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Shingles – Herpes Zoster

Chickenpox is a well-known illness to most parents. The majority of children used to pick up this contagious disease from friends or classmates, but now a childhood vaccine is available.

A main concern today is the occurrence of an after-effect of chickenpox. Few people realize that years after a person gets chickenpox, the virus that caused it may reactivate and affect areas surrounding a particular nerve. This condition is known as Herpes Zoster, or shingles, and results in pain and blistering in the affected nerve area.

Although chickenpox and its effects may clear up, the virus stays in the body. It becomes dormant (inactive) and hides away in the brain or spinal cord. If a person is ill or weakened, the virus may reactivate (after many years) and multiply. This can also happen for no apparent reason. The virus shows its presence by causing pain and general discomfort along the course of the affected nerve (the dermatome).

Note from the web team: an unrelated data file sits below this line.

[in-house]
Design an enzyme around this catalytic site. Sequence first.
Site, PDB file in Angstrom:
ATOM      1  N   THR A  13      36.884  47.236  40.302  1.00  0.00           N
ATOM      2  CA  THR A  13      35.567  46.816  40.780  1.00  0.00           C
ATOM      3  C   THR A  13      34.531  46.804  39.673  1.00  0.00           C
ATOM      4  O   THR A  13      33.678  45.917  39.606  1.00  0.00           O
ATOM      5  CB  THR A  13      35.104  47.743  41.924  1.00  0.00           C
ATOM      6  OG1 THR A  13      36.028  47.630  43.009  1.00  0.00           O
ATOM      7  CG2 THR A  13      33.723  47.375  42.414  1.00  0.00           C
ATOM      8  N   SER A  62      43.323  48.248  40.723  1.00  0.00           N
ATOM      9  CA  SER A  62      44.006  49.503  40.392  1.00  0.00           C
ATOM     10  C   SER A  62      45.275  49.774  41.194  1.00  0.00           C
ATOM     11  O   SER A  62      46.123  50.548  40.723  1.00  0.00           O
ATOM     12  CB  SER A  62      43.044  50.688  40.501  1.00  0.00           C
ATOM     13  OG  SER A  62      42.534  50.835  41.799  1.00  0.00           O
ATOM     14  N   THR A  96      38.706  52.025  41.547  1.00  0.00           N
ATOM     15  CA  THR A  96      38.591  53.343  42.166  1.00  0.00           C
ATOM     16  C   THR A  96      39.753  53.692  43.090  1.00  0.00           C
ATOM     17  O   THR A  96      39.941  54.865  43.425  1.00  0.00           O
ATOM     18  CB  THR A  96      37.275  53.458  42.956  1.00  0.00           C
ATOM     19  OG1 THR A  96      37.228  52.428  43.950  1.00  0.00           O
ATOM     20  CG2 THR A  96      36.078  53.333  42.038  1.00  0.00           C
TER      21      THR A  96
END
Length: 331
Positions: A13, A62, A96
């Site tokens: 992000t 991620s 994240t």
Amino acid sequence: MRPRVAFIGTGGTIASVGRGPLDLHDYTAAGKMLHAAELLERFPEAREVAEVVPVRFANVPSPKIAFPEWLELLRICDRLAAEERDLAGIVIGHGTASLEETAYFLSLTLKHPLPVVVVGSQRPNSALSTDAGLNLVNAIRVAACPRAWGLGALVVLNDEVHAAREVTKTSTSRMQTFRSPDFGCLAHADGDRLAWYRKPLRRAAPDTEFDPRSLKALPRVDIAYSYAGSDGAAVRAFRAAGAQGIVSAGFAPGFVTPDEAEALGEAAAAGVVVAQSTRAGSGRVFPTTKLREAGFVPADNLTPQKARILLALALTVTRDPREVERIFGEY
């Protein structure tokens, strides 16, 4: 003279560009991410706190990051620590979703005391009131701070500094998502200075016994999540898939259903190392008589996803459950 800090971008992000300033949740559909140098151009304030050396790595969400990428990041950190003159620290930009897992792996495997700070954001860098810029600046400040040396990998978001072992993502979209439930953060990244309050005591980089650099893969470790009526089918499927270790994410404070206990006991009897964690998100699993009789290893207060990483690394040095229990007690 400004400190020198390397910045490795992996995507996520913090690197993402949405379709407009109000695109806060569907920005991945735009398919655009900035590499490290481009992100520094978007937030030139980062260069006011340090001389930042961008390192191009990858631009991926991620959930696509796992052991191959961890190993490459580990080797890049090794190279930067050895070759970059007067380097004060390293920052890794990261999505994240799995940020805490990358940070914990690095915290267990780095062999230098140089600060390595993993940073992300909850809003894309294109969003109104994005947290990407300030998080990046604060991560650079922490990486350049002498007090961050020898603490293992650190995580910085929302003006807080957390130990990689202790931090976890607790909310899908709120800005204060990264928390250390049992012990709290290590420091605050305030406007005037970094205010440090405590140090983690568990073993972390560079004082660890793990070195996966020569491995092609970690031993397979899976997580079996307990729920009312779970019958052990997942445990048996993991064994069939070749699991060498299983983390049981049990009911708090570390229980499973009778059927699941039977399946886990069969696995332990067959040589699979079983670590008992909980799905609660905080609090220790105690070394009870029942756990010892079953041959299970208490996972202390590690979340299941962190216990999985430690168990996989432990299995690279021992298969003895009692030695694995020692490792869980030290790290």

When susceptive children or adults are exposed to someone with shingles, they may develop a chickenpox. Children or adults who have acquired immunity (i.e., have already had chickenpox) will suffer no ill effect from the virus.

The first signs and symptoms of shingles may be a slight fever and chills, accompanied by fatigue, deep pain, and occasionally digestive problems. The skin over the area looks red, feels warm, and begins to hurt. Within 4 to 5 days, a group of blisters break out in clusters, forming a band or line in the area supplied by the nerve. ("Shingles" comes from the Greek word for "girdle," since the disease often affects the waistline, from back to navel). Classically, the eruption does not cross the midline.

The fluid in the blisters ranges from clear to cloudy, and the blisters then form crusts which slough away, leaving mild scars in some cases. Although pain usually diminishes as the blisters disappear, it may persist for several weeks, or indefinitely (post-herpetic neuralgia).

A shingles vaccine is now available. The Center for Disease Control (CDC) recommends Zostavax® for use in people 60 years old and older to prevent shingles. This is a one-time vaccination. Zostavax does not treat shingles or post-herpetic neuralgia once it develops. The FDA has licensed the vaccine as safe.